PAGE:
The Scientist and the Therapist

To the ancient aphorism, first do no harm, should be added a modern extension: compassion without competence is crap.
Michael B. Shimkin, Report from Laputa, "Some Polemics on Medical Mythology,"Archives of Environmental Health, 22:151-153 (1971).

The cancer research scientist is a chronic doubter. He is never sure what he is looking for, nor what he wants to find. The experimental cancer therapist knows what he is looking for and what he wants to find; but he needs the scientist to tell him where to look. The scientist is apt to be a doubter, the therapist a true believer. The scientist is suspicious, even angry, with the therapists's evangelism, and the therapist is impatient with the scientist's equivocation and criticism. The rare individual who does both leads a schizophrenic existence. Usually, he forsakes one calling for the other, or goes into administration (and often very effectively, since he understands the problems of both groups).
The objective critic of the experimental therapist can sometimes be impaled on the horns of a dilemma by an unscrupulous experimental therapist. If the critic asks for adequately controlled experiments, he is reminded that the therapist is a physician, i.e., he cannot withhold a possible cure. If the critic points to the basic doctrine of the humane physician "above all, do no harm (primum non nocere), he is informed that science takes precedence over the physician's art. When the contradictions in the above arguments are presented, the critic is then reprimanded for criticizing some one who is "at least trying to do something."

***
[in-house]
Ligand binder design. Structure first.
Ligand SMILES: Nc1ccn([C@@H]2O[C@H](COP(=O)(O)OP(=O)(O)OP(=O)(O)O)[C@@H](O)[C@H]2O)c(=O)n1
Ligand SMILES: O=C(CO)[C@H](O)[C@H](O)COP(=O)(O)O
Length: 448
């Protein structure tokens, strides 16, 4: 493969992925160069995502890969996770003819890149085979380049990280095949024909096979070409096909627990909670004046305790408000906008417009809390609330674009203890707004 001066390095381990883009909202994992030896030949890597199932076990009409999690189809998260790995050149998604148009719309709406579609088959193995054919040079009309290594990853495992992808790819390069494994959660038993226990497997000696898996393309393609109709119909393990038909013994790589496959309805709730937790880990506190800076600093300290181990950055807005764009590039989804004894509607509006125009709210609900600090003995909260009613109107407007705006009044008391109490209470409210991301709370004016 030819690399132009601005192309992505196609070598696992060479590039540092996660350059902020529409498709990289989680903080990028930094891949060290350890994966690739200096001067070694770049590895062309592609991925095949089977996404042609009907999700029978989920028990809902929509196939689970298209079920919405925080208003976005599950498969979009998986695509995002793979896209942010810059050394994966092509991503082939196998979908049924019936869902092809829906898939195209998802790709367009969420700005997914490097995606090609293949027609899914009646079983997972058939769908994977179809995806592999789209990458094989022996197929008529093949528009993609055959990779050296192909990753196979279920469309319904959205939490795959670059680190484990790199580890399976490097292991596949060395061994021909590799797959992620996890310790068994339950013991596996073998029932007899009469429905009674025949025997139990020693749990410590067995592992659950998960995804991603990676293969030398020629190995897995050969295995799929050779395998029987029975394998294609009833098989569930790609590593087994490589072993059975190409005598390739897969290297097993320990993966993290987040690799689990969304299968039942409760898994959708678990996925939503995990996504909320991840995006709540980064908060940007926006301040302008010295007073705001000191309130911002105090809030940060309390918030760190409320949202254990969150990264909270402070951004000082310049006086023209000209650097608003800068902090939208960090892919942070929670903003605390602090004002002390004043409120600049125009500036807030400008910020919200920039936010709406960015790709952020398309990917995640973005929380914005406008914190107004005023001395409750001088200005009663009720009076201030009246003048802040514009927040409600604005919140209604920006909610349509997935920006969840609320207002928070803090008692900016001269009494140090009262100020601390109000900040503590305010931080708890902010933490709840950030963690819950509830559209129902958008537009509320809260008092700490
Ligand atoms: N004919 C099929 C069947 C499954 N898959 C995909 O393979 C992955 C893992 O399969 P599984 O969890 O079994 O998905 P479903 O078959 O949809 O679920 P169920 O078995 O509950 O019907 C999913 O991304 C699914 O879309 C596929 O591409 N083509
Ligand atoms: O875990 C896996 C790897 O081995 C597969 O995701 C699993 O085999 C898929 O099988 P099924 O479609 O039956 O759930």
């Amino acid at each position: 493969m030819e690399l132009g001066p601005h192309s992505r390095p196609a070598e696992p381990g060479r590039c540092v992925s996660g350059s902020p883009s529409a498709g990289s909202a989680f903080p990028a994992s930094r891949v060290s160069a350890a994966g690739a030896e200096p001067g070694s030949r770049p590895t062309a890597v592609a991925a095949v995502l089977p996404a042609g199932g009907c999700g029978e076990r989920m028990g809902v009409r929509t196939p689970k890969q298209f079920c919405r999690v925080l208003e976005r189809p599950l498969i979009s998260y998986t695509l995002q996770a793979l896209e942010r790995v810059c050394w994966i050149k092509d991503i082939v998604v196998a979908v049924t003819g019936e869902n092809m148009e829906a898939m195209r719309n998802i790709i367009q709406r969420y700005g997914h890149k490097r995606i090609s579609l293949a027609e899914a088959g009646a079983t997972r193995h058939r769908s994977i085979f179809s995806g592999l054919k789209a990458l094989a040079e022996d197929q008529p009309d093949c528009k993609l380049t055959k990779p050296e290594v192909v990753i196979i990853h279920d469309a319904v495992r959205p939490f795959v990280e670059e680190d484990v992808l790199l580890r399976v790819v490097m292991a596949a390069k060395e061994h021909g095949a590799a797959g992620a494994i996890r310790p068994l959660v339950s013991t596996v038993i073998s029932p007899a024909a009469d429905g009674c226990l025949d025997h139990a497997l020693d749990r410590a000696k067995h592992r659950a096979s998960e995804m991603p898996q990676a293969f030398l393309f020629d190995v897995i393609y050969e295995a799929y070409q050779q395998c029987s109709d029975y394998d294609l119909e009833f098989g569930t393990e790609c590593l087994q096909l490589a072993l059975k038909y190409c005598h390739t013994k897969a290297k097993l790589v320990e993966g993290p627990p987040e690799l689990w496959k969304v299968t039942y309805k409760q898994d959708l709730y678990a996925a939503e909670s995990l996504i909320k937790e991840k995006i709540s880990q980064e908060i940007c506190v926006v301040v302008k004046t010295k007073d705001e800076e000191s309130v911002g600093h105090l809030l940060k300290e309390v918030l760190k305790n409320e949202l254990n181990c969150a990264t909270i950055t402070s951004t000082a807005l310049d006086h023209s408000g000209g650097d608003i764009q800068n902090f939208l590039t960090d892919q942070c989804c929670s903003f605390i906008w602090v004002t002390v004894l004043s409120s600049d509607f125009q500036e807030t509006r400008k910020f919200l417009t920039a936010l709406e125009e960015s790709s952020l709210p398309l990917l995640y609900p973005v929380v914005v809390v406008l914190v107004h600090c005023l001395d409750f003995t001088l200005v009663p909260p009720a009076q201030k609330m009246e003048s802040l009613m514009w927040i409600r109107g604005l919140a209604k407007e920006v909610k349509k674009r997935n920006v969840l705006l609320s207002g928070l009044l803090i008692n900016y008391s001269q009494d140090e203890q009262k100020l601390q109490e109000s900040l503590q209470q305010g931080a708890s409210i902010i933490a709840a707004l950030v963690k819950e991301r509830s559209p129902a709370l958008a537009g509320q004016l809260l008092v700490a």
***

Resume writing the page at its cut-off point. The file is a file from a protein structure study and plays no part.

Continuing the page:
Experiments that harm patients deserve to be criticized regardless of the motivation. Most practitioners are humane physicians who try; and if they fail to produce a cure or alleviate symptoms, they comfort relatives, relieve suffering, and allow their patients to die with dignity. There are also sadists and cancer quacks, with and without M.D. degrees, both in and out of respectable institutions, who deserve to be tarred and feathered.

Treatments, for good or evil, are much like laws. They are easy to institute and hard to repeal. Current medical history is full of treatments that hurt and kill people. In my lifetime, I have seen the following:
1.X-ray given to shrink the thymus gland of infants. Results: It did the children no good and subsequently caused leukemia and cancer of the thyroid in some.
2. X-ray for a whole variety of lesions, including warts (which can be wished away) and ankylosing spondylitis (a disease of the spine). Results: the lesions disappeared and the leukemia rate increased.
3. High oxygen to premature infants. Results: blindness in some.
4. Removal of the tonsils. Results: in some cases, very helpful, but in most cases, unnecessary (even in pre-antibiotic days). Some operative deaths (percentagewise low; in actual numbers of deaths, considerable).
5. Antibiotics for colds. Results: does no good for colds. Can cause sickness and death in allergic patients; destroys normal bacteria needed for resistance to other diseases and can produce antibiotic-resistant strains of bacteria.
6. Antibiotics for virus infection. Results: in most cases either worthless or potentially harmful.
7. Injection of plastics for cosmetic reasons. Results: Experimental evidence indicates that the probable long-term result may be cancer in those treated.
8. Thalidomide as a tranquilizer (not many in the U.S.). Result: deformed children when used in early pregnancy.